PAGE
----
I want to thank all of the people who came to hear and see our NACCS panel. We had an amazing turnout, and quite a few people expressed their thanks to us for the new knowledge that we shared. I especially want to thank Natalie Avalos Cisneros and Andrea Medina Riancho, who also shared their extraordinary research, Cecilia Piñeda, who lead us all in a wonderful workshop, and Dr. Gerardo Aldana, who brought us all together. Here we are at the conference.
In my presentation, I gave a step-by-step explanation of how I have read Mayahuel as maguey (and vice versa). Through an examination of the Codex Borgia and other codices (Mendoza, Vaticanus B, Mapa Tlotzin, Laud), I traced the meaning of Mayahuel/maguey from her role as the mother of corn, to her role as the original sustainer of Mesoamerican sedentary life, to her ideological significance as one who overthrows others and the land.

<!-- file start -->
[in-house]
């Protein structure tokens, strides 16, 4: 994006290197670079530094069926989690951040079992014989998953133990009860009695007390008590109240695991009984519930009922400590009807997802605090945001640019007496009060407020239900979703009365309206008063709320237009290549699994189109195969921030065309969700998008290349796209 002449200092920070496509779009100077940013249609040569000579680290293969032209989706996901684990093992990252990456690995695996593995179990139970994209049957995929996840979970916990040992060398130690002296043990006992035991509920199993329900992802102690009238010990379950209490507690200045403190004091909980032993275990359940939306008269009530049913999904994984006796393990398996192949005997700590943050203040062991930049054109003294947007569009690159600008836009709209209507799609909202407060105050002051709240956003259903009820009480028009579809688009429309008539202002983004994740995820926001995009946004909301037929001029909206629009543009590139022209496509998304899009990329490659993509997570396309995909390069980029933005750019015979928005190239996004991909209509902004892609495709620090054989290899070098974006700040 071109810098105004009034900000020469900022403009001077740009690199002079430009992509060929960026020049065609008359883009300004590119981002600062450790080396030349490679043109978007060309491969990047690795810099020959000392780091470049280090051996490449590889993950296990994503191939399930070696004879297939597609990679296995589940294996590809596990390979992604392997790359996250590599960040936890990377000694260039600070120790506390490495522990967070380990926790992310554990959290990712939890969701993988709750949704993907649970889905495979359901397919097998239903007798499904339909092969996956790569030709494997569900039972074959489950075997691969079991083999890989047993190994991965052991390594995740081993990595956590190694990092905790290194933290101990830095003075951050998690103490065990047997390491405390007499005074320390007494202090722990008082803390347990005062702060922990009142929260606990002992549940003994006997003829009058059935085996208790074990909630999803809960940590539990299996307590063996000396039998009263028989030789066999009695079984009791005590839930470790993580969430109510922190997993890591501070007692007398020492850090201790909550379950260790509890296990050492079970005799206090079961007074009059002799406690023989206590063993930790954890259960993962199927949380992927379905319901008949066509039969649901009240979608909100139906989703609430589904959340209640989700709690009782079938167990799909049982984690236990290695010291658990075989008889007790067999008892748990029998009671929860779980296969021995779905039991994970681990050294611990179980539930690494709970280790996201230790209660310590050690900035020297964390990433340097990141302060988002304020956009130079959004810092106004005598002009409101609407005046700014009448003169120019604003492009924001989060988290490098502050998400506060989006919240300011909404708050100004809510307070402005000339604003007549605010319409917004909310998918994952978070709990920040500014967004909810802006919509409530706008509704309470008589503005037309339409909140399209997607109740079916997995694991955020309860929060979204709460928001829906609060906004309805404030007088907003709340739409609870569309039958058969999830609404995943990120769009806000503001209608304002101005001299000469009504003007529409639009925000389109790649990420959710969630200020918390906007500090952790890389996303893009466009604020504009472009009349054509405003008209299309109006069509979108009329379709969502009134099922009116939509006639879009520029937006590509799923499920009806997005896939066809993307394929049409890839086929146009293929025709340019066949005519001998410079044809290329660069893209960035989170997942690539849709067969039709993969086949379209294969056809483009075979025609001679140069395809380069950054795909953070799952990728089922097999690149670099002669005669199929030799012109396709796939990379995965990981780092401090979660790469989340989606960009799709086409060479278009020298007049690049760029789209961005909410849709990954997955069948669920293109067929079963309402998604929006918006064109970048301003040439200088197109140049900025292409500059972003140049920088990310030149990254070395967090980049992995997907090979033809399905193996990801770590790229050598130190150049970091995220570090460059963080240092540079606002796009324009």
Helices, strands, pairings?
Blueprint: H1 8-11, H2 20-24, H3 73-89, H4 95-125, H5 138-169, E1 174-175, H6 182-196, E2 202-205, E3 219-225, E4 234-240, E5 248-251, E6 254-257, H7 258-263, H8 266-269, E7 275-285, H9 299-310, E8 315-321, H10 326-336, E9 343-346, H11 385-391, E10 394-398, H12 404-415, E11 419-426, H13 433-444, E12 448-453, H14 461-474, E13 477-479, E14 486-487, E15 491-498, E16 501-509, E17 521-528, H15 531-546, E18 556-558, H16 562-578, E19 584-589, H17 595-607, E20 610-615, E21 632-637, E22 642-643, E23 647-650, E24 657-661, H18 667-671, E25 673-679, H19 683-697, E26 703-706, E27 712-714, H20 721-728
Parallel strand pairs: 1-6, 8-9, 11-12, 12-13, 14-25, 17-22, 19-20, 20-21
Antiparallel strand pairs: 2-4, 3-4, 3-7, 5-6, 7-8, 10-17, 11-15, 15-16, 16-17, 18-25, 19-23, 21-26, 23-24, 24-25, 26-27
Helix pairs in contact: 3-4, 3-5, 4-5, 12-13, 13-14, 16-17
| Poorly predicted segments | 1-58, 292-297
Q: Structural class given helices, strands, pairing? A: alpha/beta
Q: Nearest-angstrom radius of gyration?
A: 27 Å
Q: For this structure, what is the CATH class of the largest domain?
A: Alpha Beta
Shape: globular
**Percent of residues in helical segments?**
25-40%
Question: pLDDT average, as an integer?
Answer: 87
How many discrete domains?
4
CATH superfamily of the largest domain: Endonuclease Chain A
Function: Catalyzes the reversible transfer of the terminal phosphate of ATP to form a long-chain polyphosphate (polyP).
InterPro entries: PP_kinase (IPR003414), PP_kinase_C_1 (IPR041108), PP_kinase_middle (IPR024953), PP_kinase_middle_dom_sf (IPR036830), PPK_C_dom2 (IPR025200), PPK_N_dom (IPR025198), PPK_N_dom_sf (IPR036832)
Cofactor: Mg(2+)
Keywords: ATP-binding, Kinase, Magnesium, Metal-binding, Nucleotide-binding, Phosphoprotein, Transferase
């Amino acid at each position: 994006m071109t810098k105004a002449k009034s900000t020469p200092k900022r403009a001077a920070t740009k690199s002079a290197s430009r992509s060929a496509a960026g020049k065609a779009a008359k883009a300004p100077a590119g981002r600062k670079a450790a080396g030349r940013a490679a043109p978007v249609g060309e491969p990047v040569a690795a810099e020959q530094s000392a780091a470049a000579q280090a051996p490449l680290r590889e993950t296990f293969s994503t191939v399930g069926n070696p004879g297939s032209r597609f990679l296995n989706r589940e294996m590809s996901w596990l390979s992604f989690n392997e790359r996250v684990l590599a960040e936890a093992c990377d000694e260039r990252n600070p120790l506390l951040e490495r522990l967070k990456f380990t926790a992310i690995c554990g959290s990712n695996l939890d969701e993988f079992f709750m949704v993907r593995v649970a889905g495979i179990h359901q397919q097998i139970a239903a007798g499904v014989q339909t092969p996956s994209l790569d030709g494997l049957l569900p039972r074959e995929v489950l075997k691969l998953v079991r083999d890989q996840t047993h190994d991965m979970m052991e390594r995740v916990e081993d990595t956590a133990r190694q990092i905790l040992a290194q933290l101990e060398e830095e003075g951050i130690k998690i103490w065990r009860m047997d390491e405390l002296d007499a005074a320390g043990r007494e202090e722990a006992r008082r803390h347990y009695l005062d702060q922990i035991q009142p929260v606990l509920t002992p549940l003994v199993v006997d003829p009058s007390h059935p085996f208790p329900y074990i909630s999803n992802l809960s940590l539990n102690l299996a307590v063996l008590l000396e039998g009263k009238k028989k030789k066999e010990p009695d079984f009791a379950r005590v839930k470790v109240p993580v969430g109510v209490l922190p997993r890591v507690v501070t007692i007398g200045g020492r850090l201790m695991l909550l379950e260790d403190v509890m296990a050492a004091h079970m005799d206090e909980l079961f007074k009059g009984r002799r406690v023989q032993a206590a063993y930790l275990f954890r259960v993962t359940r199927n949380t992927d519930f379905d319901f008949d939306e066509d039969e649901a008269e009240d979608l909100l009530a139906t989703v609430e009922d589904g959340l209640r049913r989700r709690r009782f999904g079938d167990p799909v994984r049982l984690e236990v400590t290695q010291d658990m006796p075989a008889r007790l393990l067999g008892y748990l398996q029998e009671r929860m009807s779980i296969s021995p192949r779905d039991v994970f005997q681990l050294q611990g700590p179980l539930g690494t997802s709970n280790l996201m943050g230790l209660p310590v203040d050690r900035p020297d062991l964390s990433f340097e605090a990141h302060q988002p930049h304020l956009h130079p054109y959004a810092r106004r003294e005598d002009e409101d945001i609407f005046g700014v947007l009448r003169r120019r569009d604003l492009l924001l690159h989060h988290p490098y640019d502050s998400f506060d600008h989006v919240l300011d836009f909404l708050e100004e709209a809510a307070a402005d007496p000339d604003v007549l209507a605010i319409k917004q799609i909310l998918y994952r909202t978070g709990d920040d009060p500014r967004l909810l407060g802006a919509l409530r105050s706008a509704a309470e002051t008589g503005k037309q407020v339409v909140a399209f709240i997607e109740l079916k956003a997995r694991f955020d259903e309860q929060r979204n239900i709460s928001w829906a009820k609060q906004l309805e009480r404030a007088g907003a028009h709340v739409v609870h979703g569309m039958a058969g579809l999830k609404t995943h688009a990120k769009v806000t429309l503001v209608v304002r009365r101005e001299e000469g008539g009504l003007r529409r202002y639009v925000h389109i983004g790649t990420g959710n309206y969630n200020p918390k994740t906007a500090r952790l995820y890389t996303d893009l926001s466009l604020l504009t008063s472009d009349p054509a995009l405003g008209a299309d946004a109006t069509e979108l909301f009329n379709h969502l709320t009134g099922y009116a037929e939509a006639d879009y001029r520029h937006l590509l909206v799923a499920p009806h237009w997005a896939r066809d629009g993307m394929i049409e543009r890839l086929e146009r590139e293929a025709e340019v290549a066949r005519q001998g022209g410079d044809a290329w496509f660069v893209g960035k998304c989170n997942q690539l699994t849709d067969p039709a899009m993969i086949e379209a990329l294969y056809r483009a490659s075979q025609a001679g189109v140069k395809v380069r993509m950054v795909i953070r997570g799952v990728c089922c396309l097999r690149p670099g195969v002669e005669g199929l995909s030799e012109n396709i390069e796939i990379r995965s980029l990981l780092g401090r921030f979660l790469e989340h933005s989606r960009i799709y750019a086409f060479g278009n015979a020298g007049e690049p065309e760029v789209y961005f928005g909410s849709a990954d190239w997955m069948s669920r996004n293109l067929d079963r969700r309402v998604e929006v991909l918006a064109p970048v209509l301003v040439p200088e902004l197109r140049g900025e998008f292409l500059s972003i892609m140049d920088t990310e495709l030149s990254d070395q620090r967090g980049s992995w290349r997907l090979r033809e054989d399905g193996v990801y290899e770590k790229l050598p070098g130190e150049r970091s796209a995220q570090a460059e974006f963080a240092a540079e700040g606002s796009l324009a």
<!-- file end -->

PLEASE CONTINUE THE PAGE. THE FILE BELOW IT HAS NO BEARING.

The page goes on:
I explained that understanding her role in imagery or, more accurately, in the pictorial language for Mesoamericans, has tremendous implications in how we can use and understand the art of the Chicana/o Movements and within popular culture today. In this photograph, I am talking about Mayahuel’s appearance as the mother of (or perhaps as an aspect of) Coyolxauhqui in a mural on the Women’s Building in San Francisco.
NACCS presentations lasted three days, but with over 400 speakers and multiple panels going on at the same time, the time was short. Although I had the pleasure of attending many of the sessions, I regret that I wasn’t able to attend them all. Luckily, there is always next year.